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Saturday, 26 September 2015

How social media can be a force for good

Yesterday morning when news of the anti-radicalisation kit the federal government had released into schools became public knowledge I had an idea for a blogpost but I had to go shopping for groceries and other things, so it wasn't until I had returned around midday that I got a chance to sit down to write it. By that time the #freekaren hashtag on Twitter had already started in a major way.

The hashtag trended all afternoon, becoming the number-one hashtag on Twitter in Australia for hour after hour as people across the country expressed their disbelief and frustration at the leadership of Tony Abbott, replaced just short of two weeks ago as prime minister by Malcolm Turnbull. It was extraordinary how ordinary people had taken a stand and the condemnation was almost universal. This is how social media can be a bulwark against government abuse. Against fascism. Against narrow partisan interests gaining excessive influence in society.

Some of the tweets were humorous, and some were outraged. Mostly they combined both tendencies, such as one by @sarahmiow who wrote "I've got a Joan Baez record in my Jane Goodall Foundation calico bag...I think I might BE Karen  #freekaren #auspol". Another, by @stellaspoons, went "I'm a Left-wing activist and alternative music fan for 30+ years. Married 24yrs, 2 kids, self-employed..I clearly need help! :-/ #FreeKaren" And then there was @dan_rowe12 who wrote "Listening to @triplej all day to accelerate my development as a violent extremist #freekaren #auspol" And then there were the memes, like this clever one from @joelrdodd:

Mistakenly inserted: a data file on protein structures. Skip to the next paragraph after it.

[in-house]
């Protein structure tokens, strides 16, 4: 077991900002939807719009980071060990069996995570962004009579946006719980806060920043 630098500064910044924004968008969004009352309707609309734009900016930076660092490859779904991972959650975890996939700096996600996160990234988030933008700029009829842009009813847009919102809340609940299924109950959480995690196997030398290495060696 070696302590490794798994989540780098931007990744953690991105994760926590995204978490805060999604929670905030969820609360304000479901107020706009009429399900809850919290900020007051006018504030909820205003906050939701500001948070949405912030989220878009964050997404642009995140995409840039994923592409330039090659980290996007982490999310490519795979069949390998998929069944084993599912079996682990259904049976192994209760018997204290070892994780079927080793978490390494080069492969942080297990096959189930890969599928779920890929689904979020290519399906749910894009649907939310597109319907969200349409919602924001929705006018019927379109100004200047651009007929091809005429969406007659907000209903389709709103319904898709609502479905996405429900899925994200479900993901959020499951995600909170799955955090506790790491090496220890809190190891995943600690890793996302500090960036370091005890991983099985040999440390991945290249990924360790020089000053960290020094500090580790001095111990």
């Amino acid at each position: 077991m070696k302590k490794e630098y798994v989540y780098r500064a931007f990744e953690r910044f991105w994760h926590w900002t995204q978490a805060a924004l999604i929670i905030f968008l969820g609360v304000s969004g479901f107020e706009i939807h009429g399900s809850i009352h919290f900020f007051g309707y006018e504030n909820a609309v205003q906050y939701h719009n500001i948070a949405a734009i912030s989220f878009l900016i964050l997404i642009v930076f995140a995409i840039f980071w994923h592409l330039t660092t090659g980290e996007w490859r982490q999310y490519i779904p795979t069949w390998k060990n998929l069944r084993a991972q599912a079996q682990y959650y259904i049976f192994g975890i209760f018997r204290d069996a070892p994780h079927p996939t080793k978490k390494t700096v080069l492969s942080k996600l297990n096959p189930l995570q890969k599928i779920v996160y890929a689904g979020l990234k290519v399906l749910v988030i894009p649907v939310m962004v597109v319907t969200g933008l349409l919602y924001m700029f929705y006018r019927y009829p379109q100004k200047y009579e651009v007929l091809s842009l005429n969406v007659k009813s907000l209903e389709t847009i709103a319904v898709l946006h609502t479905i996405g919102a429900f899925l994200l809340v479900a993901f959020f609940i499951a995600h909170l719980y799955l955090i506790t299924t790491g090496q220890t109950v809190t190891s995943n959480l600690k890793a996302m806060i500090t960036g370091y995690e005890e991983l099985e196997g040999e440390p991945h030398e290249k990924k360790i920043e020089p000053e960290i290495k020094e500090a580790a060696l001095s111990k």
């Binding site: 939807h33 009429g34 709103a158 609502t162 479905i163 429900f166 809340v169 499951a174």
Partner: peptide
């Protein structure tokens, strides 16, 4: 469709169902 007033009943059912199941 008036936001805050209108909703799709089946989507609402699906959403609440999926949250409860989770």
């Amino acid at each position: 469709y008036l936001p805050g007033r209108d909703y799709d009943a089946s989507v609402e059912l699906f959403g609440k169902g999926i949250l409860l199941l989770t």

There were also media analyses of the phenomenon of the government brochure being ripped into by the public on Twitter, such as this story by the Fairfax publication Daily Life. From overseas, the BBC got into the action with its own story on what was happening in Australia.

It was  a wonderful moment and I was deeply moved because proud of my fellow countrymen and -women. And my mind all on its own went back to the image of a recently-installed statue at the Sydney Cricket Ground rendering in bronze the figure of "Yabba", a famous heckler who had attended many matches at the ground. The statue is by Sydney artist Cathy Weiszmann. It represents something essential about Australians, who will not have their freedoms lightly taken away and who cannot abide pomposity or cant.


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